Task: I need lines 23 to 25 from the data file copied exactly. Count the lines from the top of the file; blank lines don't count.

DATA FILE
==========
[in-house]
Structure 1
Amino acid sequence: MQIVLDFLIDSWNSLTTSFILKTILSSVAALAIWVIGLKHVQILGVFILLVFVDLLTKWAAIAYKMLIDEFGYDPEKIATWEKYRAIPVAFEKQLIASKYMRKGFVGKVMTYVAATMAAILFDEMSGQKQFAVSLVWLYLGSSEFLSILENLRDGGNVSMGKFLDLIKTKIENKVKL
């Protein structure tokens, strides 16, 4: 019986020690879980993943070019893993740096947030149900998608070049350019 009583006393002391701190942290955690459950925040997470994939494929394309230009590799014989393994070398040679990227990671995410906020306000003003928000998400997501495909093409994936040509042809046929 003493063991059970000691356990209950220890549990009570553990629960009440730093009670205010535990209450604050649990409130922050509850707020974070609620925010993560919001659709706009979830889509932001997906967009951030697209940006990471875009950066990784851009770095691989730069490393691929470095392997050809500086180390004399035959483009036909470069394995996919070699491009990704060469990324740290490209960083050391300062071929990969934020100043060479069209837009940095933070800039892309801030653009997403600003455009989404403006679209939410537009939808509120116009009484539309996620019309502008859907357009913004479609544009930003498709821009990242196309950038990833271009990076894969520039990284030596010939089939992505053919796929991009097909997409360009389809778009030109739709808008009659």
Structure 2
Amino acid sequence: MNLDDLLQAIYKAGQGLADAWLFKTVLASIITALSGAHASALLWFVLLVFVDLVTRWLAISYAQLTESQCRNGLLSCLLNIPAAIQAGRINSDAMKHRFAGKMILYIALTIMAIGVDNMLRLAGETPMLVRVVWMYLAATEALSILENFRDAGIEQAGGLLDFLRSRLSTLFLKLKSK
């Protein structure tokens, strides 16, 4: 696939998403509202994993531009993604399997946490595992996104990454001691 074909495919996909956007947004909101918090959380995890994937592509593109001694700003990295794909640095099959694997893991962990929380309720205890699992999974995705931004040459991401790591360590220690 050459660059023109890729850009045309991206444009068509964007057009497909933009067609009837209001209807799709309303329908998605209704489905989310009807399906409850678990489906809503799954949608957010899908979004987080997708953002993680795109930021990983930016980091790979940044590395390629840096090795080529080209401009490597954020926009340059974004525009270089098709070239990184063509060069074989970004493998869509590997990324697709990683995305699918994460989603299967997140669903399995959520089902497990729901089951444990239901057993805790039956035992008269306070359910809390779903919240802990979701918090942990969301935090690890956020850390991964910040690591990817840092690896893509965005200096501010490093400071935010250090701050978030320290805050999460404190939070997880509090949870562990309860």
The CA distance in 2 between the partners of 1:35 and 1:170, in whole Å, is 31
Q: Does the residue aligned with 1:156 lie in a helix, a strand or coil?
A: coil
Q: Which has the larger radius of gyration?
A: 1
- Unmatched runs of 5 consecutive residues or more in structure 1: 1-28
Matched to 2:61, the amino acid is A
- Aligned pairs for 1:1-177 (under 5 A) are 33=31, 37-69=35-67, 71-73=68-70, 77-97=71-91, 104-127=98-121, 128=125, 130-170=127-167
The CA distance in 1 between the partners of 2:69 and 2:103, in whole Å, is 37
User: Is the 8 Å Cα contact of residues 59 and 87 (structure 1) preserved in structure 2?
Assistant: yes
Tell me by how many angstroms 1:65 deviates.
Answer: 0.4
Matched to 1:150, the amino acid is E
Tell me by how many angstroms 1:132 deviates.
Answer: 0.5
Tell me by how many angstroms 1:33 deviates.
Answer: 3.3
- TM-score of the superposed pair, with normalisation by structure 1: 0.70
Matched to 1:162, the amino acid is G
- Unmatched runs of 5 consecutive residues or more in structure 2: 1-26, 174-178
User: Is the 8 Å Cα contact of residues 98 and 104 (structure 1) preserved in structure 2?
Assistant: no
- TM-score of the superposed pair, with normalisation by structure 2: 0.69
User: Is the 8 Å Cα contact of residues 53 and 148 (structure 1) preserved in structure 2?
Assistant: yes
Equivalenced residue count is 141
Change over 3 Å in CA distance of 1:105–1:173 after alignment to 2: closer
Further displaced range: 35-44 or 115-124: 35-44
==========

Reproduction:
Answer: 0.5
Tell me by how many angstroms 1:33 deviates.
Answer: 3.3